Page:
By Peter J. Smith

TORONTO, September 11, 2006 ( – The recent efforts of Australia and other nations to ban the promotion of suicide through the internet has euthanasia advocates complaining that the loss of the internet may prove lethal to the “right-to-die” movement itself.

In late 2005, Australia passed the Suicide Related Material Offences Act, which effectively outlawed suicide counseling by fax, telephone, and internet, the tools of choice employed by suicide advocates to educate and encourage people to commit suicide.

This year Germany also has begun to follow suit by proposing similar legislation that would also outlaw internet suicide counseling.

However, some euthanasia proponents are convinced that such laws may threaten their existence. Australian Doctor Philip Nitschke – who recently unveiled the creation of his “peaceful pill” for lethal suicide – had to divide Exit in Australia into two organizations, and base his website in New Zealand on account of Australia’s tough laws against promoting suicide.

At the 16th biennial World Federation of Right to Die Societies, euthanasia proponents like Dr. Philip Nitschke recognized that these laws could cut off the life-line of the “right to die” movement, since most euthanasia societies rely on internet and e-mail “counseling services” to explain and promote suicide.

Pro-life organizations and charities are well aware that the age of the internet has made the lonely, depressed, and the young especially vulnerable to the online peddling of suicide by “right to die” activists. Papyrus, a British charity that works to help the depressed and young people not turn to suicide, reports that tens of millions of web pages on the internet are dedicated to discussing suicide, and give technical information and advice on the more painless methods of suicide, or encourage suicide through chatroom suicide-networks. It has launched a drive in the United Kingdom to encourage the government to ban the use of the internet to promote suicide.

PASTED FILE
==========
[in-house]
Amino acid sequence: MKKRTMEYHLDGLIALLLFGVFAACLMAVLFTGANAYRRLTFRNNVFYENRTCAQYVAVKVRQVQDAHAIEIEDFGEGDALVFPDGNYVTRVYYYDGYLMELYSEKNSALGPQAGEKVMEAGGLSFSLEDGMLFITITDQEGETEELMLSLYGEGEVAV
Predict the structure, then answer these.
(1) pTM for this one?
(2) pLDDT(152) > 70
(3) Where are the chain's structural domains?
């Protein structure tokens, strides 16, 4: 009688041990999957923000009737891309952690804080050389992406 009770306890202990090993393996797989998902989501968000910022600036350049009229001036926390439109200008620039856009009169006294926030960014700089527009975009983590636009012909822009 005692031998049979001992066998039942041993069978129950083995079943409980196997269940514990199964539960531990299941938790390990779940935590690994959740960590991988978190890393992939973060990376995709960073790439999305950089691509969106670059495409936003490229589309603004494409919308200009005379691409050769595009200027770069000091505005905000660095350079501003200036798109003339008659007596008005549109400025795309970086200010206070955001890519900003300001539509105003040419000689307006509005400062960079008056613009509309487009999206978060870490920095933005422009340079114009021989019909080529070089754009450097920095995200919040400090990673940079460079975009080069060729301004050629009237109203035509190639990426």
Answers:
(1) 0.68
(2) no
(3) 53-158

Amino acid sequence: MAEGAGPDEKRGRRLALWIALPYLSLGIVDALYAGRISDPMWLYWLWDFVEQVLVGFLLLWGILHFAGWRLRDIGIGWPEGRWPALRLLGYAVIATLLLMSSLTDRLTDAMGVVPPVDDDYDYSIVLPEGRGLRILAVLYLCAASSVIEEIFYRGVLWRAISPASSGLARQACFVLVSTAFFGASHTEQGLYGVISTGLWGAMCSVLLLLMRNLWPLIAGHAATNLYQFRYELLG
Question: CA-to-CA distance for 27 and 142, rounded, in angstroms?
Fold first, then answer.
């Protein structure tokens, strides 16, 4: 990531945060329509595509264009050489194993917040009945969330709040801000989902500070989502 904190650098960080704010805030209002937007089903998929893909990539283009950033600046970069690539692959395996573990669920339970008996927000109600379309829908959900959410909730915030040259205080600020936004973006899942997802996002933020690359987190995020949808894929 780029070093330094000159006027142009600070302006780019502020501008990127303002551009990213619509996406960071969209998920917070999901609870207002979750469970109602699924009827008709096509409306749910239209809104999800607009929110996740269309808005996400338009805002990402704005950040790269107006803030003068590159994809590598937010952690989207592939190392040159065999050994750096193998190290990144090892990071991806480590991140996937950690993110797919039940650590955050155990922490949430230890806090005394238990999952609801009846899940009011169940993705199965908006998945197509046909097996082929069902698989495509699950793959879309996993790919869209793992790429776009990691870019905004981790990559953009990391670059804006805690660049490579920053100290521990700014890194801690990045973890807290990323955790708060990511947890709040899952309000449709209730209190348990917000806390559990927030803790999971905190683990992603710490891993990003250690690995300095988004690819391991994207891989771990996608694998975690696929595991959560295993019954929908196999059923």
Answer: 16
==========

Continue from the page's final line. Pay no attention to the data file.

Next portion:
In comments to, Alex Schadenberg, the Executive Director of the Euthanasia Prevention Coalition, warned that Canada and the world’s nations must make the internet promotion of euthanasia “illegal on a world-wide basis” to protect the vulnerable from these deadly internet predators.

“The Canadian government needs to recognize that vulnerable depressed people and troubled teens are being influenced by internet sites that are promoting suicide and suicide pacts and that the only way to truly protect people from the extreme activists, such as, Philip Nitschke, who runs his own internet suicide site, is by banning these sites completely,” said Schadenberg.

“This will only be effective if it is done by all nations who recognize that the problem of suicide can only be effectively combated by shutting down the elements in society who encourage suicide as a right for all.”